esoterica electrica

The emotional wallop of the acoustic guitar sometimes flies under the radar. Even if you mostly play electric, here are some things to consider about unplugging.

I have a love-hate relationship with acoustic guitars. My infatuation with the 6-string really blasted off with the Ventures. That’s the sound I wanted, and the way to get it was powered by electricity. Before I’d even held a guitar, I knew I wanted a Mosrite, which I was sure was made of fiberglass like the surfboards the Beach Boys, Surfaris, and the Challengers rode in their off time. Bristling with space-age switchgear and chrome-plated hardware, those solidbody hotrod guitars were the fighter jets of my musical dreams. I didn’t even know what those old-timey round-hole guitars were called. As the singing cowboys Roy Rogers and Gene Autrey strummed off into the sunset, the pace of technology pushed the look and sound of the electric guitar (and bass) into the limelight and into my heart. Imagine my disappointment when I had to begin my guitar tutelage on a rented Gibson “student” acoustic. At least it sort of looked like the ones the Beatles occasionally played. Even so, I couldn’t wait to trade it in.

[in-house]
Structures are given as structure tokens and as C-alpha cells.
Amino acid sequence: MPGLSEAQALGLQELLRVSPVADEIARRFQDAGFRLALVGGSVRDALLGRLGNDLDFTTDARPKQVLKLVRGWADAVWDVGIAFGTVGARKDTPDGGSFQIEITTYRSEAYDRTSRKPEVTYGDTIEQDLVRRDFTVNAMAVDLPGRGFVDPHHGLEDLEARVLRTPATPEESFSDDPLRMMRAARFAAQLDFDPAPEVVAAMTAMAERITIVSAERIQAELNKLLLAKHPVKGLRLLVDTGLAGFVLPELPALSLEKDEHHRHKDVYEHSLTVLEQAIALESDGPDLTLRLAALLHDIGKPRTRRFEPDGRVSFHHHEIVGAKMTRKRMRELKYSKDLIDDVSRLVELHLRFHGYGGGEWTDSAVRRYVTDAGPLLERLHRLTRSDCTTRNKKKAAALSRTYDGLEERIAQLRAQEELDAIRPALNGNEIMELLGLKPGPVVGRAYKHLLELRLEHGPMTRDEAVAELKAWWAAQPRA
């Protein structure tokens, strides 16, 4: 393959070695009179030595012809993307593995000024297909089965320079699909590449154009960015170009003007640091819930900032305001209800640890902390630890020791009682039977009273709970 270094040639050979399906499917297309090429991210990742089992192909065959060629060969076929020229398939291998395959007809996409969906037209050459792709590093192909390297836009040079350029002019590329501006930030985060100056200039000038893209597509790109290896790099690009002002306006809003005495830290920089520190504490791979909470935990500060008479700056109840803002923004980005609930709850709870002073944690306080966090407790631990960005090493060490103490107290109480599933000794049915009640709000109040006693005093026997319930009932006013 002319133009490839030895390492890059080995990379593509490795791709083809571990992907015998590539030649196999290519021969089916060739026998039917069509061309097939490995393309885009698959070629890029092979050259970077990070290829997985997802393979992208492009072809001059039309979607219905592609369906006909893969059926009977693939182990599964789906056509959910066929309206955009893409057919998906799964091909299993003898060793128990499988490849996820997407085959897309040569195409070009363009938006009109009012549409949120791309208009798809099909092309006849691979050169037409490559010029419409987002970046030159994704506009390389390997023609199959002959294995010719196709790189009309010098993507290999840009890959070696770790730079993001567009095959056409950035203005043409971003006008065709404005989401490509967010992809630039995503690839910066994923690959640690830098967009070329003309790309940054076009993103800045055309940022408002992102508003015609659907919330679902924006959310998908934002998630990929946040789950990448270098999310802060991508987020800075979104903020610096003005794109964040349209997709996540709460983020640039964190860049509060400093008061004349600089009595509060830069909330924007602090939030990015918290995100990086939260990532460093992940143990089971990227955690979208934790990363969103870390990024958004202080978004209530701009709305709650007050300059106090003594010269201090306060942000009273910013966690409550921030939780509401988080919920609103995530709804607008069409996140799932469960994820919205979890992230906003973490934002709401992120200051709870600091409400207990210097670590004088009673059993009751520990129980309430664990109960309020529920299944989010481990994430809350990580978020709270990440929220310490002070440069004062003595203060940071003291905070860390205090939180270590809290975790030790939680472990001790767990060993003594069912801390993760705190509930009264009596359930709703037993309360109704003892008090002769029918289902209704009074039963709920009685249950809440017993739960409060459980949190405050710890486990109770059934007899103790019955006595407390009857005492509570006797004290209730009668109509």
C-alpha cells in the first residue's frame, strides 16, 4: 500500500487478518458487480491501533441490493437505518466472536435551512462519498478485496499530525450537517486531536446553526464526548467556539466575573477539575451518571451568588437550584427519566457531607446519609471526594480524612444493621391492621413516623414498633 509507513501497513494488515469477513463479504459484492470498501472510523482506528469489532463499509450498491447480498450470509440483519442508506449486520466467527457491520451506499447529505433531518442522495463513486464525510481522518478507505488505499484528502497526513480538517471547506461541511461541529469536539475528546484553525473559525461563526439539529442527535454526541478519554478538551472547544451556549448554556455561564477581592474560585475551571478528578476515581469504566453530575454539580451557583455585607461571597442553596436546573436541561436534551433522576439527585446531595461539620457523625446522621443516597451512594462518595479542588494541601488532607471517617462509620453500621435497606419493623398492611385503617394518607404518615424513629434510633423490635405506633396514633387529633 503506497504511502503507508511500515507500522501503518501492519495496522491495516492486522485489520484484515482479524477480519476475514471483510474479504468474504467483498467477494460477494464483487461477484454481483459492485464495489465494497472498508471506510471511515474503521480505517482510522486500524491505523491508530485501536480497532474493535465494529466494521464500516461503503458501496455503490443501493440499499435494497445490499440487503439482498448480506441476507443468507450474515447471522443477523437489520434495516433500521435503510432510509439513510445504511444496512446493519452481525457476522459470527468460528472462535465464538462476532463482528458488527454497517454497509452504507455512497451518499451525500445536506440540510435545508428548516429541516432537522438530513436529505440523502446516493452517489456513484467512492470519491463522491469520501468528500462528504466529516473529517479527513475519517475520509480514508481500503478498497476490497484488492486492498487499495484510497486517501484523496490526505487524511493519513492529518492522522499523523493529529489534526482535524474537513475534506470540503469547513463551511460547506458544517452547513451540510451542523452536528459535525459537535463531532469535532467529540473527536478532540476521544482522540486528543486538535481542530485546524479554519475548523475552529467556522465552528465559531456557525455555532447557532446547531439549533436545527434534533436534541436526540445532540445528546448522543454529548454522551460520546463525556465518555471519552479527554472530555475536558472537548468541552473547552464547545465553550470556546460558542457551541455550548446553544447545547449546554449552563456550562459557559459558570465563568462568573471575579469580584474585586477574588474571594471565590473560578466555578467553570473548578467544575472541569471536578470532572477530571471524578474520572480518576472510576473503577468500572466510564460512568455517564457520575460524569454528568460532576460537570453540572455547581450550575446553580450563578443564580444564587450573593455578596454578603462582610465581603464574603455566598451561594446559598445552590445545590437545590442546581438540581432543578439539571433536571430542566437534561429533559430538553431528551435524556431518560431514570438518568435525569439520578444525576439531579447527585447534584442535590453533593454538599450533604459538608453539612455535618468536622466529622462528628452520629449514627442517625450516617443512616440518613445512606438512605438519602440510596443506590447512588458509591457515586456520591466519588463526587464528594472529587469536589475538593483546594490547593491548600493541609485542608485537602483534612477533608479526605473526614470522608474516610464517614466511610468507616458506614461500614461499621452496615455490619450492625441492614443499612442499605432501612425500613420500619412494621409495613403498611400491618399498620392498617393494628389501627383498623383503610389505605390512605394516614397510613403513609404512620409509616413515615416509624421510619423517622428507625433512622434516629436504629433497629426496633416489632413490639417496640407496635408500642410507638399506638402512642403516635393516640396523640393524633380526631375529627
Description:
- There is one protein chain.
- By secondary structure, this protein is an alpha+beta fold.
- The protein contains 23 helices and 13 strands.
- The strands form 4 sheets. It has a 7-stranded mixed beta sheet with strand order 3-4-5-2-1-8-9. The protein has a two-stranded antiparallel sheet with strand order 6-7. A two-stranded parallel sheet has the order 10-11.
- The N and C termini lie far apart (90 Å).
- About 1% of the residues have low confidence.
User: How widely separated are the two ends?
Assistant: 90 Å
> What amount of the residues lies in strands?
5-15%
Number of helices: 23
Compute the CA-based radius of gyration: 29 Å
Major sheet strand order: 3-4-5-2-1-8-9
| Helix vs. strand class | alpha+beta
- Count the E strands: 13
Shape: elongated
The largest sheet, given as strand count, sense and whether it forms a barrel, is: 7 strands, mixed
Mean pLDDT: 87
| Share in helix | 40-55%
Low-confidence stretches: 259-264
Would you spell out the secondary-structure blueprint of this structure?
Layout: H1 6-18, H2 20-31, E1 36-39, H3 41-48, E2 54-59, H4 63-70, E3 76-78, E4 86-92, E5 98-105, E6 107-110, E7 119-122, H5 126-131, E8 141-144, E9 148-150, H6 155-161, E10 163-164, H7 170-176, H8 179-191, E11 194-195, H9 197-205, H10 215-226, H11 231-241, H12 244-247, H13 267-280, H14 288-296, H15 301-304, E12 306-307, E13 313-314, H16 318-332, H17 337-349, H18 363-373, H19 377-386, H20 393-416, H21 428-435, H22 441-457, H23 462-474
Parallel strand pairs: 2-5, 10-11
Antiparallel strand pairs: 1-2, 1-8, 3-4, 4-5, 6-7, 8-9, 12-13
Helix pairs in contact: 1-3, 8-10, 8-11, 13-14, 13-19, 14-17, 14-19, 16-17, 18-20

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Sometimes a little microtonal content can make music interesting.

Who doesn't love Yoko Ono? As one of the champions of microtonal music, she was pushing the boundaries of vocal gymnastics long before Auto-Tune was invented and subsequently abused. But it has come to my attention that there are haters as well. What does this have to do with guitars? I understand the raised eyebrows, but allow me to get into the weeds a bit and eventually I'll get to that.

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This Maserati 250 F, shown at the 1957 Paris Motor Show, is a contemporary of Gibson's Flying V.

Photo by Alexander Migi/Courtesy of Wiki Commons

Now-classic designs such as Gibson's Flying V and Explorer originally bombed with the public—and chances are you would've turned up your nose at their debut, too.

Over the years, I've vacillated between my love of classic instruments and looking to the future. The same goes for automobiles. I was an F1 fan who always looked to the future. I drooled over carbon fiber wings and thought manual shifters were as antiquated as the crank starter and roll-up windows. Then I was stopped dead in my tracks in the paddock at a vintage sports car race by the sight of a beautifully crafted 1950s Maserati Grand Prix car. As Seinfeld might have said, worlds collided. As I stood before this piece of rolling artwork, it cast a spell on me that I haven't been able to shake.

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